August 17, 2016

The kindest cut

Imagine one of the harder and more unpleasant physical task you’ve ever done, and now picture yourself doing it outside in the winter chill, whilst standing in mud, and even in the rain.

Welcome to pruning.

Pruning is much more than giving the vines a bit of a winter tidy up and trim. In fact, it is just about the most important task in the vineyard, which is a good thing as we’d otherwise be tempted to put it off until spring, and it would never get done.

Good pruning sets up the grapevine vines to produce high quality fruit with the right level of acid, sugars, and flavours required to make our terrific Clare Valley wines, for both the coming season and beyond. It is all about balance; balancing fruit load, the spacing of bunches, and the size of the leaf canopy the vine produces during the growing season.

Leaves are the powerhouse of a vine, feeding the plant through photosynthesis, and turning sunlight, water and minerals into energy to sustain the plant. If the does not grow an appropriate sized canopy for its fruit load, it will not be able to  produce sufficient energy to support the ripening of its fruit. On the other hand, too much canopy is not good either.  We need to prune for a canopy that will give good airflow (to control diseases such as powdery mildew) and allow the right amount of sunlight exposure for ripening.

Timing of pruning is also important in planning our  winter work schedule. Growers with large holdings must start pruning early, often just as the last autumn leaves have dropped from the vines, so they can complete the task before spring growth appears. Our block is small enough that we can commence pruning later in winter and have the job finished before bud burst. This has a number of benefits. Later pruning can help delay bud burst by up to about two weeks. This ensures the new spring growth will not be damaged by a late visit from Jack Frost. Later pruning also reduces the risk of disease. Cuts are open wounds on vines and provide a site for infection to take hold. Pruning the vine just as sap is starting to move through the canes helps the vine to seal these cuts. Of course if we wait too long to start pruning we won’t finish the task before the commencement of spring growth.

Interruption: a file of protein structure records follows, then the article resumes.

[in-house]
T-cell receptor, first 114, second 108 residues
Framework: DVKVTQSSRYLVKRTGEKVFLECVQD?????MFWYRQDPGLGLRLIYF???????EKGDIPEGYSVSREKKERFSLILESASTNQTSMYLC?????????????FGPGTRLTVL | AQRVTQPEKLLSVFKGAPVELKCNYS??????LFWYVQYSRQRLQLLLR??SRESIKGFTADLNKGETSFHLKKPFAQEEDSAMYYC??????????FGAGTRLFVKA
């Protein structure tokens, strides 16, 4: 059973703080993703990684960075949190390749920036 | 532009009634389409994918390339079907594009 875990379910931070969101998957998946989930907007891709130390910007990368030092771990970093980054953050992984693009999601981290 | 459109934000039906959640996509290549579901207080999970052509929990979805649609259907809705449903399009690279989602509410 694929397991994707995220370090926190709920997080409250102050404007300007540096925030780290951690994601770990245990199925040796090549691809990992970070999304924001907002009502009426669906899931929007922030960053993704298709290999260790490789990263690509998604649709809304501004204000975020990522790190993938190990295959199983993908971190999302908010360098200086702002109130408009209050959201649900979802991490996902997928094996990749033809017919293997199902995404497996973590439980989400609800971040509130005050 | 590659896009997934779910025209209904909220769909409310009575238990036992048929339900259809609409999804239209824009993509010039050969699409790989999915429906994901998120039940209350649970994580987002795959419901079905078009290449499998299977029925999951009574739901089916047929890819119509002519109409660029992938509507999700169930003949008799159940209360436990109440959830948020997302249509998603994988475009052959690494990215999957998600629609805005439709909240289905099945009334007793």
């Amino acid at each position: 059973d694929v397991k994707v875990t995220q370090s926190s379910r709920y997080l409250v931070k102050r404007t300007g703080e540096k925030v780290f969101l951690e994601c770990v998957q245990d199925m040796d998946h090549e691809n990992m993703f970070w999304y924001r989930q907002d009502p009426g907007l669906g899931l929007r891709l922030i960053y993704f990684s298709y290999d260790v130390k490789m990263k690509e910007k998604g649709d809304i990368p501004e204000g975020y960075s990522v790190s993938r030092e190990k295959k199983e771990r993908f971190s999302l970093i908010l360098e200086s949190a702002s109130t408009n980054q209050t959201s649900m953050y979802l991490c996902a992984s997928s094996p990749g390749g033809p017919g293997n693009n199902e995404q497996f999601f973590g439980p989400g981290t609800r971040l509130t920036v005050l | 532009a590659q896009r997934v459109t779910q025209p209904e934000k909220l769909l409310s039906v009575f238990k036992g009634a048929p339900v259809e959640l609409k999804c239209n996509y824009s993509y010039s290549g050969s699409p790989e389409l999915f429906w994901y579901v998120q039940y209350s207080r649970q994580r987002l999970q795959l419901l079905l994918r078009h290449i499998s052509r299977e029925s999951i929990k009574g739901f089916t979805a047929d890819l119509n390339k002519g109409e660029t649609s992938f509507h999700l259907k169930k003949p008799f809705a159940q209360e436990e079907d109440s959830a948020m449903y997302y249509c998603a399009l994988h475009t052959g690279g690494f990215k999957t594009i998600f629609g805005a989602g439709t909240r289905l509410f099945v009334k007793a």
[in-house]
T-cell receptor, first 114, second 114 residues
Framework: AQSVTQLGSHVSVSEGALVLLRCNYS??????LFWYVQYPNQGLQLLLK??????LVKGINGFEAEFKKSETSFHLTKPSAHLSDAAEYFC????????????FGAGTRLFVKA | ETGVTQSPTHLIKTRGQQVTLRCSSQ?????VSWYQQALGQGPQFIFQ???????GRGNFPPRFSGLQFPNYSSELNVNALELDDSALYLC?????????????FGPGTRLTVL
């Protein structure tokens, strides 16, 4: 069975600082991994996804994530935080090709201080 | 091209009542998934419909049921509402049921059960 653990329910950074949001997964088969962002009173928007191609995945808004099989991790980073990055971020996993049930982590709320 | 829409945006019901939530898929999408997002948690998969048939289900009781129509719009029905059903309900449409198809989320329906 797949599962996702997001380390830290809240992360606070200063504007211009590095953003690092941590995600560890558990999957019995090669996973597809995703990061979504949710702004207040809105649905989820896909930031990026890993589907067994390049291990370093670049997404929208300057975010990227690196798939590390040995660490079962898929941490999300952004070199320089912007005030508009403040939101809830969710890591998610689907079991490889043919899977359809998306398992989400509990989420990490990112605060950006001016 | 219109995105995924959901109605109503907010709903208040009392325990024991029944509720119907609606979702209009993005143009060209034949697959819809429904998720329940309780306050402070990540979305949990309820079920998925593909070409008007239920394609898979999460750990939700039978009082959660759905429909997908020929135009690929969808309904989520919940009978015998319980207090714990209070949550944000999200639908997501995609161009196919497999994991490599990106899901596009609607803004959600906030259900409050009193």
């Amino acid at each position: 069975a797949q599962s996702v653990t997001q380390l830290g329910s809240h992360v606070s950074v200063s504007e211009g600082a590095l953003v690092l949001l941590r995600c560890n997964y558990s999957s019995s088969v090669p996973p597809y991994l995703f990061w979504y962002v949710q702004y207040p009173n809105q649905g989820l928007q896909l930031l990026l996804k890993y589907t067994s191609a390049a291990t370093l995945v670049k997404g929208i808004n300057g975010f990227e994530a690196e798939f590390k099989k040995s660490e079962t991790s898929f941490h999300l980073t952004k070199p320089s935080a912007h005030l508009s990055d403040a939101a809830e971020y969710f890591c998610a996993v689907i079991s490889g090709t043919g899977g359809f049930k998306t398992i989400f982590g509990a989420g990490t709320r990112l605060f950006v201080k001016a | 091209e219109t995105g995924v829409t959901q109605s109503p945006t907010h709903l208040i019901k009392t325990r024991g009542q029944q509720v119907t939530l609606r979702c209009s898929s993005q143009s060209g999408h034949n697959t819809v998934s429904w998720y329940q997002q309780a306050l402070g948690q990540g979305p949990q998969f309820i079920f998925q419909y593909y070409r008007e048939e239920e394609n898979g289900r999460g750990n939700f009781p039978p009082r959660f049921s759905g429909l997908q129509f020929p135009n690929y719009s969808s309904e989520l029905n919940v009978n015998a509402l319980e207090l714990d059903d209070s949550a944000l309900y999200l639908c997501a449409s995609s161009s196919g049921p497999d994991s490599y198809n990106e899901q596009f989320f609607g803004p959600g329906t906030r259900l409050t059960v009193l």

By the end of summer grapevines are a tangle of long canes, supported by the trellis system. These canes are great at finding unprotected eyes, so we usually have our vineyard manager, Michael Smyth, drive through the vineyard with a machine pruner to trim back the longest canes before we go in and finish the job by hand. However the wetter than average winter has meant our vineyard soil is too muddy to take the weight of heavy tractors. We don’t want to damage our soil structure so this year the vineyard will be entirely pruned by hand.

Riesling, Cabernet Sauvignon and Shiraz are pruned differently to adjust for the different crop level requirements and vine vigour. We also modify our pruning technique as we move from north to south to allow for the different soils and terroir through the block.

Pruning is not the only job on my to do list. Many of you will know I was successful in my bid for election to the Senate in the recent Federal election. Fortunately Nimfa with our daughters Tess and Emily will take on the day to day running of Farrell Wines to ensure your quick receipt of orders.

On that note, our Election Special has been extended again, but for a limited time only. Order two half dozen cases of Farrell Wines 2015 Shiraz and pay only $199, including delivery to anywhere in Australia. Click here to order.

Until next time,